And speaking of my next anthology, TWO EYES OPEN, I need to snare a famous horror writer to write that foreword. I do have an individual in mind (perhaps another “Steve”?). We shall see….

Though I enjoyed the process of publishing OUT OF THE CAVE, the book was more work than I had anticipated. I gathered the stories, which resulted from a submissions call I widely publicized, and weeded the best from the bunch. I read each story several times, corresponded with the authors, edited the stories, formatted the book, and published it.

Whew! But all that effort pales in comparison to promotion and garnering sales.

Writers need sales. What’s the good of publishing a book if no one purchases and/or reads it?

My purpose for OUT OF THE CAVE was to encourage teens/youth to read. And who doesn’t enjoy an excellent ghost story?

Shirley, an adult reader/local purchaser, stated:

Good mix of disturbing stories. Some of the stories keep coming back to haunt my dreams. Not sure if I’d want to deal with kids in my house who might want Mommy reassurance after they experienced similar nightmares. All the stories are well-written and/or well-edited.

So, hey, give anthologies a chance—whether mine or another! OUT OF THE CAVE would make an excellent birthday, Christmas, or all-occasion gift for a son/daughter, grandchild, or other deserving youth. Purchase here!

Please leave a review, whether good or bad. Reviews help us indie authors capture sales.

OUT OF THE CAVE Facebook Page

TWO EYES OPEN Facebook Page

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The Short Reality of Shorts

This week (yesterday, in fact) is the release of MacKenzie Publishing’s first anthology, OUT OF THE CAVE: twenty-one stories by twenty-one writers suitable for youth 13+. Suspense, mystery, horror, supernatural…what more could a teenager (or adult) want? And, for those of you in the Atlantic Provinces, you will recognize Nova Scotia’s Steve Vernon, who wrote the Foreword. OUT OF THE CAVE is available as an e-book and print book on Amazon and Smashwords



Hope Clark has graciously written today’s guest post, “The Short Reality of Shorts,” which (coincidentally) coincides with the release of MacKenzie Publishing’s book of short stories. Hope is an inspiration to all writers! Her blog http://www.FundsForWriters.com is always pertinent and reaches 35,000 readers every week. And her books are well received. What more could an author want? (Further info on Hope and her books is at the end of this post.)

Thank you, Hope, for this post!


The Short Reality of Shorts by Hope Clark

As a writer, short pieces scare me. As a six-time novelist and one-time nonfiction book author, I find comfort in longer prose. But I have to admit . . . there’s no writing more profound that a short that snaps in its delivery.

Short fiction, flash fiction, memoir, and essays. It takes intense craft to make those pieces zing. So when the Killer Nashville mystery conference asked that I contribute to their mystery anthology, I almost choked. Sure, I write mystery . . . 100,000-word mysteries. But to take crime, clues, and characters and mold them into a 3,000-word package, scared me senseless. But I accepted the challenge.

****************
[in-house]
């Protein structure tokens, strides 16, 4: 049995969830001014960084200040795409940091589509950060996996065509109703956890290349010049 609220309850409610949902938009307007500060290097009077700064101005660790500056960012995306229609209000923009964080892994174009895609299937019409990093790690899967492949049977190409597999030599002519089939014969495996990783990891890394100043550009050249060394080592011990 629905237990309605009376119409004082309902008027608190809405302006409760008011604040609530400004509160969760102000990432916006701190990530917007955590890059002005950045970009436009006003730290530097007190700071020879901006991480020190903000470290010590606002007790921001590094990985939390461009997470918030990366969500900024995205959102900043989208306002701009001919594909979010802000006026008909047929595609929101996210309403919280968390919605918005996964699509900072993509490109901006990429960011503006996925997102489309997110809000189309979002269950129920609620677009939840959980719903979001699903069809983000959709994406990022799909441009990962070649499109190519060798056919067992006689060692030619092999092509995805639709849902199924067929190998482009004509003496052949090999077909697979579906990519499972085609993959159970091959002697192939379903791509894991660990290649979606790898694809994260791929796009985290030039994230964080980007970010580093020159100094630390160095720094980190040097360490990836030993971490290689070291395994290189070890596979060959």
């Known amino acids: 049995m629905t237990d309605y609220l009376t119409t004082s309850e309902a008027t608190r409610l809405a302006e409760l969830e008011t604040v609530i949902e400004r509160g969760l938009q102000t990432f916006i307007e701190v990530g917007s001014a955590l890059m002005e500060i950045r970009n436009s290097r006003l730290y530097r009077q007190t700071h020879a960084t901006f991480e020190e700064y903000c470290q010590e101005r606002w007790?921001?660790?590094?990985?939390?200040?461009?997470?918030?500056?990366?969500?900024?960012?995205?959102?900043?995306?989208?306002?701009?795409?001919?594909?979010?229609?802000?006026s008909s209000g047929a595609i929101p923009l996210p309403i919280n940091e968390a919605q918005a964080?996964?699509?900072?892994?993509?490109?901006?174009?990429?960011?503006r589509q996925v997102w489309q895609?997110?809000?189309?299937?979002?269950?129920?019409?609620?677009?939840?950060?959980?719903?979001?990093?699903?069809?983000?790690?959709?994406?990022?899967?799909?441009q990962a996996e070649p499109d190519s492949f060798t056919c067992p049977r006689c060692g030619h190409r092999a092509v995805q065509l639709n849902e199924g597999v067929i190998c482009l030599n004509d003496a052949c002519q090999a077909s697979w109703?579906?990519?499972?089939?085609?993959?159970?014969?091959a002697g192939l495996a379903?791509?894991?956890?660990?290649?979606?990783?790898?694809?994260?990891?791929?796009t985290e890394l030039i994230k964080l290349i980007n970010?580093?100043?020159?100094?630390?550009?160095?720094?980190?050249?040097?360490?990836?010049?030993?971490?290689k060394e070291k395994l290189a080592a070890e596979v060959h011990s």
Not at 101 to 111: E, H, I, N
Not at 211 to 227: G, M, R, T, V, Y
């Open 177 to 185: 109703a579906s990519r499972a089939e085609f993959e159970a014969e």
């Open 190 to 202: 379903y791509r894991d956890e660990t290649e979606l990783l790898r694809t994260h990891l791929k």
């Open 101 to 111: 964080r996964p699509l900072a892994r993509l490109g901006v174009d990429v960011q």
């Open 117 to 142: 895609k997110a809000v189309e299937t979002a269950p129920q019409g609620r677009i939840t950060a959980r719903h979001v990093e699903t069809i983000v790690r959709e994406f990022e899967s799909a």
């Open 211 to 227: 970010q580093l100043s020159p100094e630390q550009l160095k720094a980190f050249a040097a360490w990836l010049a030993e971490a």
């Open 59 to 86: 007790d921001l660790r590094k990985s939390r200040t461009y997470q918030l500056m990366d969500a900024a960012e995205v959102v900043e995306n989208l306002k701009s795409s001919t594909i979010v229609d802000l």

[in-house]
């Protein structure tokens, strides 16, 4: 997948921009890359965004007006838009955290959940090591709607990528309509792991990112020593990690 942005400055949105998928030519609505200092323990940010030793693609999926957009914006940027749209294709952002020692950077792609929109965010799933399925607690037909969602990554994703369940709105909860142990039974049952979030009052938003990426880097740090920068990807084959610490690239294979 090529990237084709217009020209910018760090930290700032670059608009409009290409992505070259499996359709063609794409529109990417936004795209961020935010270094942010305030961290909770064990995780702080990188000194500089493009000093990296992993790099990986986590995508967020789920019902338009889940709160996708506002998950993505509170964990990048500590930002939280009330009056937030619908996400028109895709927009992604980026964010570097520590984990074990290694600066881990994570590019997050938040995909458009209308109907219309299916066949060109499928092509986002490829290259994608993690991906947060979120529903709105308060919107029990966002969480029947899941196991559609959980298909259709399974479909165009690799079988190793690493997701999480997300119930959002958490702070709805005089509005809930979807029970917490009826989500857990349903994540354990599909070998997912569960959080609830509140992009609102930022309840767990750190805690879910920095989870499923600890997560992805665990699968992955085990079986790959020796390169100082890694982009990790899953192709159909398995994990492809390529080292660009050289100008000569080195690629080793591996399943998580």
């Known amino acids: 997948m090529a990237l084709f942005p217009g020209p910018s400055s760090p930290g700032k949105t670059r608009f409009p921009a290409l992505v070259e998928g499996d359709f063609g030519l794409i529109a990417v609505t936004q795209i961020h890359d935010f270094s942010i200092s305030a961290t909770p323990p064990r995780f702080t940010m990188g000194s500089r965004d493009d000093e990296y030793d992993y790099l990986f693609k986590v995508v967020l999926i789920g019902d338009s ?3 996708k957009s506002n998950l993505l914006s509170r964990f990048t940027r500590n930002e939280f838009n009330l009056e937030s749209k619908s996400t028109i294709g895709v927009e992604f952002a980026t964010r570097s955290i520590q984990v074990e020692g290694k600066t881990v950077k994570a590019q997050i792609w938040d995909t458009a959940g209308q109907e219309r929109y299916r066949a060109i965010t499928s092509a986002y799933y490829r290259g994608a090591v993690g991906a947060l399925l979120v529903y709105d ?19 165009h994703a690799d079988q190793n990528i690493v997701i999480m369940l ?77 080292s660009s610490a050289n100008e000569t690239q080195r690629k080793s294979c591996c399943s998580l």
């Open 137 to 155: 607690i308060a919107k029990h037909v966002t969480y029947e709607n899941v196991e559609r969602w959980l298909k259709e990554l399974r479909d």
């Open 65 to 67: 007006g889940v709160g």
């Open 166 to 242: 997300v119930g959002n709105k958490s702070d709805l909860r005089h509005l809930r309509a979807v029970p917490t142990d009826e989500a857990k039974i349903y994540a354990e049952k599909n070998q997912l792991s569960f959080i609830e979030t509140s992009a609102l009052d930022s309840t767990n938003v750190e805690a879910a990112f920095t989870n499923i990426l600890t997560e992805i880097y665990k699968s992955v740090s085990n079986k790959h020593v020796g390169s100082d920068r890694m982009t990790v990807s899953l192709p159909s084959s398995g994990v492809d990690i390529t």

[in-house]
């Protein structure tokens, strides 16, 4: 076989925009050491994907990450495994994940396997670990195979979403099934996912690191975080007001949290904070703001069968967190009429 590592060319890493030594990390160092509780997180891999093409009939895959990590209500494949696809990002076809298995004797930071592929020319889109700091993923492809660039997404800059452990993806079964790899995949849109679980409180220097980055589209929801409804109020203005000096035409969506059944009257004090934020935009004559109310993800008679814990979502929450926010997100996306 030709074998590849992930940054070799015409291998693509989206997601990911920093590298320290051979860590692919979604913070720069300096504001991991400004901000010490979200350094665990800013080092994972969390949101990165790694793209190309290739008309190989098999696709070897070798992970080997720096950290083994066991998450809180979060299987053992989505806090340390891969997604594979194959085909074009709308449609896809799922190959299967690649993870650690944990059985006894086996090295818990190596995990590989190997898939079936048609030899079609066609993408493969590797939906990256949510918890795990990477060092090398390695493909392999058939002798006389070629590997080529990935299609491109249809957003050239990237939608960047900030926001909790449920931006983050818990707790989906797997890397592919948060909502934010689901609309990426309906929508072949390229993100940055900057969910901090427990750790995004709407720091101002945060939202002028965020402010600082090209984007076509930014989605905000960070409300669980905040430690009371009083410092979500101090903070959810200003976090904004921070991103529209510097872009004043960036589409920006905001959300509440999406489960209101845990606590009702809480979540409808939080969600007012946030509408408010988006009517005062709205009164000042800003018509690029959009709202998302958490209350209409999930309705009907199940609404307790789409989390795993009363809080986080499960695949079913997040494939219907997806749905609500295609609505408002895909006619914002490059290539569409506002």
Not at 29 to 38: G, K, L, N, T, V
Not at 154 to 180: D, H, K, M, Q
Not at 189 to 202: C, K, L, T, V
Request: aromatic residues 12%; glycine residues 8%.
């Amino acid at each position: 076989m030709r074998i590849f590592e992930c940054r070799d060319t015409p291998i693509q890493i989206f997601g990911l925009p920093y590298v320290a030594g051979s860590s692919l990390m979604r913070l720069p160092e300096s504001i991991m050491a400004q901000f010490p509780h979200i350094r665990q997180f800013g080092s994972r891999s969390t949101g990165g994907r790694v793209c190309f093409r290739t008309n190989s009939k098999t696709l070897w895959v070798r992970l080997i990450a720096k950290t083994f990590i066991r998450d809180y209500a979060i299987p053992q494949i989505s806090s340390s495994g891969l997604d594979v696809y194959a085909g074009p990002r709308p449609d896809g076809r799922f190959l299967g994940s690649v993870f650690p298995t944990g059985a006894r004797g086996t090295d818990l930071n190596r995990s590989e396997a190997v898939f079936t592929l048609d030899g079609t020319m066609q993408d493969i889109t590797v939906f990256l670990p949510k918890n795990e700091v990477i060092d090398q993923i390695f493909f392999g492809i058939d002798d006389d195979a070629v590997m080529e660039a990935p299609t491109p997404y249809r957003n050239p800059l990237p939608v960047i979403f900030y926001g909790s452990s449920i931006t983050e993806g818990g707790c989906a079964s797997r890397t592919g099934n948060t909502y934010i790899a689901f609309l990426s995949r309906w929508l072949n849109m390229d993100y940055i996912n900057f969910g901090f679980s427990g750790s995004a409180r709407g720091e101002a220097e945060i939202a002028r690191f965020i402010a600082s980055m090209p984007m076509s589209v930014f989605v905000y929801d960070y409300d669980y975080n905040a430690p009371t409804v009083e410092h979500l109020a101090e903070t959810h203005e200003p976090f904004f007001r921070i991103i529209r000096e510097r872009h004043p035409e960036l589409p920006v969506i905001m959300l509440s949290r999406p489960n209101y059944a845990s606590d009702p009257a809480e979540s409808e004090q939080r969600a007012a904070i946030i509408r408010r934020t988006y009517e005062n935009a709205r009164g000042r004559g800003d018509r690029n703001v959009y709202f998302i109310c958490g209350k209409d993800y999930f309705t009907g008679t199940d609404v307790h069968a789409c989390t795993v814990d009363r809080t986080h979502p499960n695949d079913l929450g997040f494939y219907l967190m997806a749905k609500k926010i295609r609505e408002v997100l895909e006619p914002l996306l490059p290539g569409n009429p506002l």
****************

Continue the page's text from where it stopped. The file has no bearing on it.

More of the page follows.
And I think “Rich Talk” turned into some of my best writing.

Every novelist sooner or later pens a short story. And those shorts, while, um, short, often become more memorable than longer works. Ask Stephen King. Shorts exercise different writing muscles. The reader isn’t allowed a lull, and each sentence carries more weight. But that twist in the end . . . that wow factor . . . shows the power of words, and therefore, the power of you as a writer. Shorts must deliver serious oomph.

Anthologies of shorts can be power houses. With anthologies ranging anywhere from ten to maybe fifty stories, each tale has to represent the theme with enough talent to make the reader want to read the others. A heavy responsibility upon each author as well as the editor compiling the collection. But when an editor has a keen eye, and the slush pile of stories is great and deep, an anthology can turn into an admirable portfolio credit for all involved. And a treasure trove for readers.

Memoir and creative nonfiction hold the same responsibility, and the same demands are made of their authors. Though the pieces may be taken from reality, like the myriad Chicken Soup anthology tales, they must still read like a short story with a solid beginning, middle, and nice-and-tight swing around ending. Reading like good fiction, creative nonfiction recalls a moment and spins it into a concise, well-told tale. It just happens to be steeped in real life.

So many writers start with shorts because book-length material rattles them. The thought of so many chapters intimidates them. Me? I’m just the opposite because I know the tight, well-constructed thought process that goes into a successful short. And every time I read one that resonates, that tells a story with a snap, crackle, and pop, I so wish I’d written it.

I’ve just released Echoes of Edisto, the third book in my Edisto Island Mysteries, and I’ll continue writing my books, but here and there now I’ll make myself create a short. Why? Because those muscles need exercising, and the sharpness of talent that goes into a short is admirable indeed. I also want to be that kind of writer.